82. 82. 82Deadline for the S Election• A new corporation maymake the S election onor before the 15th day ofthe third month of itsfirst tax year• The first tax year beginson the day thecorporation has assets,shareholders, or beginsbusiness
  83. 83. 83Deadline for the S ElectionIf the corporation makesthe S election late, theIRS may treat theelection as timely if thecorporation hadreasonable cause
  84. 84. 84Deadline for the S Election• The election is faulty ifthe corporation failed toqualify or did not obtainshareholder consents• However, the IRS mayhonor the election if thecorporation corrects theproblem within areasonable time
  85. 85. 85Tax Year• An S corporationgenerally must use thecalendar year• A fiscal year is allowed ifit has a business purpose• The corporation may alsouse the same year as usedby shareholders who ownmore than 50% of itsstock
  86. 86. 86Tax Year• The S corporation mayalso elect to use adifferent tax year• The maximum deferralof income is threemonths• Requires payments tothe IRS to compensatefor the deferral
  87. 87. 87Ownership of C Corporations• A C corporation mayNOT own stock in an Scorporation• However, an Scorporation may ownstock in a C corporation• No consolidated returnallowed with a Ccorporation
  88. 88. 88QSubs• An S corporationmay have qualifiedS corporationsubsidiaries(QSubs)• The QSubs aredisregarded for taxpurposes
  89. 89. 89QSub Criteria• Must qualify as an Scorporation• The S corporationparent must own allof its stock• The parent elects totreat it as a QSub
  90. 90. 90Income Tax Treatment• No corporate incometax except for– Built-in gains– Excessive net passiveincome– LIFO recapture tax– Recapture ofinvestment tax credit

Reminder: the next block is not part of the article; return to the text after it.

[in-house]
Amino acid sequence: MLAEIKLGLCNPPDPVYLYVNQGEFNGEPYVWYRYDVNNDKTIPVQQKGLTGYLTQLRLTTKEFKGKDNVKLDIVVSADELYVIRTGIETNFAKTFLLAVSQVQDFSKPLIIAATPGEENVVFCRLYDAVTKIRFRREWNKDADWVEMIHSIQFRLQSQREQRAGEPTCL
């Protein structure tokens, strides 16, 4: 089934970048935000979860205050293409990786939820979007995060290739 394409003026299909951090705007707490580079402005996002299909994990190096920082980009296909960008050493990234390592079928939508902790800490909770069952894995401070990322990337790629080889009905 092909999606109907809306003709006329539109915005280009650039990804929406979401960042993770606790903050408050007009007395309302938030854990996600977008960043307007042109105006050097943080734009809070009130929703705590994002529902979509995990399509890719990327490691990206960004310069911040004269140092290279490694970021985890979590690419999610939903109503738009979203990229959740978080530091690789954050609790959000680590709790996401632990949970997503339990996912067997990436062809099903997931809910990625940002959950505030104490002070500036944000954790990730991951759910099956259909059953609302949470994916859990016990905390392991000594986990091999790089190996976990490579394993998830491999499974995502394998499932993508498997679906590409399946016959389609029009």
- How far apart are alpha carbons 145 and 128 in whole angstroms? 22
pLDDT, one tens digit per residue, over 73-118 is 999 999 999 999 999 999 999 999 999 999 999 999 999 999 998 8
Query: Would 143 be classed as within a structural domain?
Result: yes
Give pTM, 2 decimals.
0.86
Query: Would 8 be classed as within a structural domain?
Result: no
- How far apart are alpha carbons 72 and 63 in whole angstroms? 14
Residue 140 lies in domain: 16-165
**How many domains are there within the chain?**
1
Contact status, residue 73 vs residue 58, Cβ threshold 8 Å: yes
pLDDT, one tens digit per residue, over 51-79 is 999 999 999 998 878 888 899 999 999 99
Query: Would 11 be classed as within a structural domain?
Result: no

91. 91. 91Penalty Taxes• An S corporation IsNOT subject to– The accumulatedearnings tax or– The personalholding companytax
  92. 92. 92Income Tax Treatment• The S corporationmust file Form 1120Sby March 15th• Income is allocated tothe shareholders onSchedule K-1
  93. 93. 93Income Tax Treatment• Income is taxed to theshareholders at theirmarginal tax rates• Capital gains, tax-exempt income, andother separately stateditems retain theircharacter
  94. 94. 94Income Tax Treatment• Income is taxed to theshareholders on a pershare per day basis• Therefore, Scorporations are notas flexible aspartnerships
  95. 95. 95Splitting Income• S corporation stock can begiven to family membersto split income among thefamily members• However, the Scorporation must payreasonable compensationto family members whoprovide services or capitalto the corporation
  96. 96. 96Splitting IncomeThe IRS may ignore gifts ofstock to family members ifthe IRS determines that thedonor retains the economicbenefits and control of thestock